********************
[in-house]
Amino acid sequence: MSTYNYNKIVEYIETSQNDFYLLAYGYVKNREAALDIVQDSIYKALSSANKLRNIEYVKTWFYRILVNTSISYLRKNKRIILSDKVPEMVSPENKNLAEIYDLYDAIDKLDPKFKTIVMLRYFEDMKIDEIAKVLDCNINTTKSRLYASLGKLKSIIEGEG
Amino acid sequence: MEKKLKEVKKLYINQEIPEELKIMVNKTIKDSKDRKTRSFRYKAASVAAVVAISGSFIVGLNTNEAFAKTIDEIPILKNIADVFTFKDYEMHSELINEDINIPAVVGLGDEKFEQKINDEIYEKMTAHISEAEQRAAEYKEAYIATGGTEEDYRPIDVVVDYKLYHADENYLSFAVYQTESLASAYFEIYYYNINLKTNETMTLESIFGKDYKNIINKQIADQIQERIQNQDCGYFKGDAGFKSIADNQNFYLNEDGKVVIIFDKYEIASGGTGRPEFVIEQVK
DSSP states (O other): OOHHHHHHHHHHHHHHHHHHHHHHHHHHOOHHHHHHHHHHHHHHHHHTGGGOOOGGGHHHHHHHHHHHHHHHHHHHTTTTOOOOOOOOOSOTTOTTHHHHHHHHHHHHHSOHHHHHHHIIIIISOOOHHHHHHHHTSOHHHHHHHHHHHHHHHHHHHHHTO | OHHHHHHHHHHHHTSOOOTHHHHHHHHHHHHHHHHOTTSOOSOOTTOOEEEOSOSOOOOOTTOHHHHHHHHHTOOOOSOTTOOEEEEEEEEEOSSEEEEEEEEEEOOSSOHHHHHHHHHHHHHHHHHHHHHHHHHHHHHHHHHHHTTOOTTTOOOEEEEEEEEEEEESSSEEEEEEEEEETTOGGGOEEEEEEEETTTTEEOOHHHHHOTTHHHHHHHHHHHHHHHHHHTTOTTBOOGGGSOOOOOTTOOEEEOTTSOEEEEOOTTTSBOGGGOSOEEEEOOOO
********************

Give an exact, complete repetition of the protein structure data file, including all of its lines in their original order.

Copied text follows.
[in-house]
Amino acid sequence: MSTYNYNKIVEYIETSQNDFYLLAYGYVKNREAALDIVQDSIYKALSSANKLRNIEYVKTWFYRILVNTSISYLRKNKRIILSDKVPEMVSPENKNLAEIYDLYDAIDKLDPKFKTIVMLRYFEDMKIDEIAKVLDCNINTTKSRLYASLGKLKSIIEGEG
Amino acid sequence: MEKKLKEVKKLYINQEIPEELKIMVNKTIKDSKDRKTRSFRYKAASVAAVVAISGSFIVGLNTNEAFAKTIDEIPILKNIADVFTFKDYEMHSELINEDINIPAVVGLGDEKFEQKINDEIYEKMTAHISEAEQRAAEYKEAYIATGGTEEDYRPIDVVVDYKLYHADENYLSFAVYQTESLASAYFEIYYYNINLKTNETMTLESIFGKDYKNIINKQIADQIQERIQNQDCGYFKGDAGFKSIADNQNFYLNEDGKVVIIFDKYEIASGGTGRPEFVIEQVK
DSSP states (O other): OOHHHHHHHHHHHHHHHHHHHHHHHHHHOOHHHHHHHHHHHHHHHHHTGGGOOOGGGHHHHHHHHHHHHHHHHHHHTTTTOOOOOOOOOSOTTOTTHHHHHHHHHHHHHSOHHHHHHHIIIIISOOOHHHHHHHHTSOHHHHHHHHHHHHHHHHHHHHHTO | OHHHHHHHHHHHHTSOOOTHHHHHHHHHHHHHHHHOTTSOOSOOTTOOEEEOSOSOOOOOTTOHHHHHHHHHTOOOOSOTTOOEEEEEEEEEOSSEEEEEEEEEEOOSSOHHHHHHHHHHHHHHHHHHHHHHHHHHHHHHHHHHHTTOOTTTOOOEEEEEEEEEEEESSSEEEEEEEEEETTOGGGOEEEEEEEETTTTEEOOHHHHHOTTHHHHHHHHHHHHHHHHHHTTOTTBOOGGGSOOOOOTTOOEEEOTTSOEEEEOOTTTSBOGGGOSOEEEEOOOO